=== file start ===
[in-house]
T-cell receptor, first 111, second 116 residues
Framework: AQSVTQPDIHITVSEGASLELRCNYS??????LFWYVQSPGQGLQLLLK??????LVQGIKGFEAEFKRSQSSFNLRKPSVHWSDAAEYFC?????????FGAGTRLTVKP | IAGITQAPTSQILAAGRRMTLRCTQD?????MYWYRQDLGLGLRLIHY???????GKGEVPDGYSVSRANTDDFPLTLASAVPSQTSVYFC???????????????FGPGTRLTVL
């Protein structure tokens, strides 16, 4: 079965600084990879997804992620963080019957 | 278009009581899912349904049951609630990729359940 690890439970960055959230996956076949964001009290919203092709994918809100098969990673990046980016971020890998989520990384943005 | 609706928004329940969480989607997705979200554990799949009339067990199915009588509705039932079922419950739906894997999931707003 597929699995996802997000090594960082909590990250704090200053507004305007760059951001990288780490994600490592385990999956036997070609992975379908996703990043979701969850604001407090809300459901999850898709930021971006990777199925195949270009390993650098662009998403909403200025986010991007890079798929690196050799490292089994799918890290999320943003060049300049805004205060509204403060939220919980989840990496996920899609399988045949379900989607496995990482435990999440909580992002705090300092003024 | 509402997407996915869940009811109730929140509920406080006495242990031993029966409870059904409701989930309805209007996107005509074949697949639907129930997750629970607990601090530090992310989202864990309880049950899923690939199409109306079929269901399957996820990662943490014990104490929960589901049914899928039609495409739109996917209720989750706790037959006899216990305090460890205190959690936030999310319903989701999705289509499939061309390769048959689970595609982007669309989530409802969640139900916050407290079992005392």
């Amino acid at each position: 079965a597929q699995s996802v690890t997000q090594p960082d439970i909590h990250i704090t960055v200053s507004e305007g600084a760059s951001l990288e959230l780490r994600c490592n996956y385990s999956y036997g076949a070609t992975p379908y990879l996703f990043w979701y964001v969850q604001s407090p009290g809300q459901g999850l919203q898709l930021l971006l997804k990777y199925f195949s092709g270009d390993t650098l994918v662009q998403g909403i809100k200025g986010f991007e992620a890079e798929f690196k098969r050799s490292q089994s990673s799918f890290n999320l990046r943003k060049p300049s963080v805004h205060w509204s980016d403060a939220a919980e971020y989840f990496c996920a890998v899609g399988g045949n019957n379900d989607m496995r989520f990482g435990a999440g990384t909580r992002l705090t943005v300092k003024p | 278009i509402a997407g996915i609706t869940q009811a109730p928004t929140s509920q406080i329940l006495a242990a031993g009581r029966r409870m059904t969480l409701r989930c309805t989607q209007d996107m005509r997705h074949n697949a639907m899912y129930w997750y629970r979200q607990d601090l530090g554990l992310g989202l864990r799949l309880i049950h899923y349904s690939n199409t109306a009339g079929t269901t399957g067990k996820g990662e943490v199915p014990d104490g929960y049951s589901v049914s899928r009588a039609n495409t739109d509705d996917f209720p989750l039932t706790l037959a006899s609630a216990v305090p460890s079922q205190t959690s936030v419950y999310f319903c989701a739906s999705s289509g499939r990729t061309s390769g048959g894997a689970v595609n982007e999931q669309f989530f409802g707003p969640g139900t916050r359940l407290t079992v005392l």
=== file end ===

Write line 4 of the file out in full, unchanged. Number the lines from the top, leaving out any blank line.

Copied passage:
């Protein structure tokens, strides 16, 4: 079965600084990879997804992620963080019957 | 278009009581899912349904049951609630990729359940 690890439970960055959230996956076949964001009290919203092709994918809100098969990673990046980016971020890998989520990384943005 | 609706928004329940969480989607997705979200554990799949009339067990199915009588509705039932079922419950739906894997999931707003 597929699995996802997000090594960082909590990250704090200053507004305007760059951001990288780490994600490592385990999956036997070609992975379908996703990043979701969850604001407090809300459901999850898709930021971006990777199925195949270009390993650098662009998403909403200025986010991007890079798929690196050799490292089994799918890290999320943003060049300049805004205060509204403060939220919980989840990496996920899609399988045949379900989607496995990482435990999440909580992002705090300092003024 | 509402997407996915869940009811109730929140509920406080006495242990031993029966409870059904409701989930309805209007996107005509074949697949639907129930997750629970607990601090530090992310989202864990309880049950899923690939199409109306079929269901399957996820990662943490014990104490929960589901049914899928039609495409739109996917209720989750706790037959006899216990305090460890205190959690936030999310319903989701999705289509499939061309390769048959689970595609982007669309989530409802969640139900916050407290079992005392």